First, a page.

Selby beats Murphy to win first UK title
Updated: Monday, 10 Dec 2012 14:02
Mark Selby defeated Shaun Murphy 10-6 in the UK Championship final in York in a match that finished just after midnight.
It was an appropriate way to mark his return to the world number one ranking, and Selby was warmly embraced by Murphy after wrapping up his win.
Selby, 29, had a 14-month spell as snooker's top-ranked player in which he failed to win a major trophy, and consequently he relinquished top spot to Judd Trump last month.
But Trump's first spell as number one was brief, ending when Selby reached the final at York's Barbican Centre.
And there could be no better way for Selby to begin his second stint as the sport's leading player than with some long-awaited silverware.
He and Murphy looked to be perfectly matched as they shared the opening 12 frames.
But just as a very late finish, well into the early hours of the morning, began to loom, Selby seized control and reeled off four straight frames after the interval to take the trophy and a £125,000 winner's cheque.
While Selby has won the Masters title twice, the UK Championship and World Championship titles had proved elusive. Now he has the first of those, the second will be his target in the second half of the season.
From 4-4 at the end of the afternoon action, they progressed to 6-6 by the evening mid-session interval, and in the best-of-19 contest that meant there were a possible seven frames still to play.
Selby needed only four.
It was no surprise the final was closely fought until its closing stages, with both men having needed to rely on battling tendencies to last the distance over the nine-day tournament.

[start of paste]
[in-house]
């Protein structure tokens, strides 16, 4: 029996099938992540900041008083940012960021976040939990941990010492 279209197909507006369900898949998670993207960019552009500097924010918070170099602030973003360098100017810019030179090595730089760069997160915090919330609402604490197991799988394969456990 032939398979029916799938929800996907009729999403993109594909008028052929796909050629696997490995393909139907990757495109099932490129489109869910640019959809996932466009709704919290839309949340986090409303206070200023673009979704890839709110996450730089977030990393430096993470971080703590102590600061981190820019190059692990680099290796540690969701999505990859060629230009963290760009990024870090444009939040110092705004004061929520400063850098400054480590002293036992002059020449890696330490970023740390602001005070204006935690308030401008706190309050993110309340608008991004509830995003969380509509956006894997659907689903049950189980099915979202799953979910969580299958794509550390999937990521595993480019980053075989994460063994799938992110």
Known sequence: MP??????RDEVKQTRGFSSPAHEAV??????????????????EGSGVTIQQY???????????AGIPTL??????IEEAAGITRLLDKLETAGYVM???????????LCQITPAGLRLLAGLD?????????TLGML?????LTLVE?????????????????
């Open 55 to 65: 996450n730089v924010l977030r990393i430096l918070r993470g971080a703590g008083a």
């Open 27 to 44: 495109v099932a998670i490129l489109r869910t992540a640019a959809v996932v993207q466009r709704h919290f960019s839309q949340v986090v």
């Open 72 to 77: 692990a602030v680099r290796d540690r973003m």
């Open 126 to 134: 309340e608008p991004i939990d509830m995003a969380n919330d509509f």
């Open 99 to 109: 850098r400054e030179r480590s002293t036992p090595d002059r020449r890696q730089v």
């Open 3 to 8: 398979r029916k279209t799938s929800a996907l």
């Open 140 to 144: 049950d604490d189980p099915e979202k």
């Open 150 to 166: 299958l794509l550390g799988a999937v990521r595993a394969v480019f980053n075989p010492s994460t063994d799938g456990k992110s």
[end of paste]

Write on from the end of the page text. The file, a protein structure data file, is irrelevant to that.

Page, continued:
Selby came from 4-0 behind to beat Neil Robertson 6-4 in the quarter-finals, while Murphy produced the tournament's finest fightback to stun Ali Carter in their semi-final, recovering from 8-4 adrift to win 9-8.
Selby had breaks of 54, 66, 70, 58, 51 and 98 in his success, while Murphy had 83, 98 and 65.
This was the first all-English final at the UK Championship since Jimmy White beat John Parrott in 1992. In those days the final was a best-of-31 match.
There was plenty riding on this final, with Murphy seeking his first ranking title for over 18 months and Selby bidding to lift his maiden UK Championship.
Selby now has a third ranking title to his name, still a meagre tally considering his great ability.
Murphy remains on four rankings titles.
Selby's charge began after the mid-session interval, and as Murphy's game began to deteriorate he took full advantage.
Murphy had the chance to pinch the 16th frame but could not hold his game together under intense pressure and Selby made certain of the title by clipping in the blue.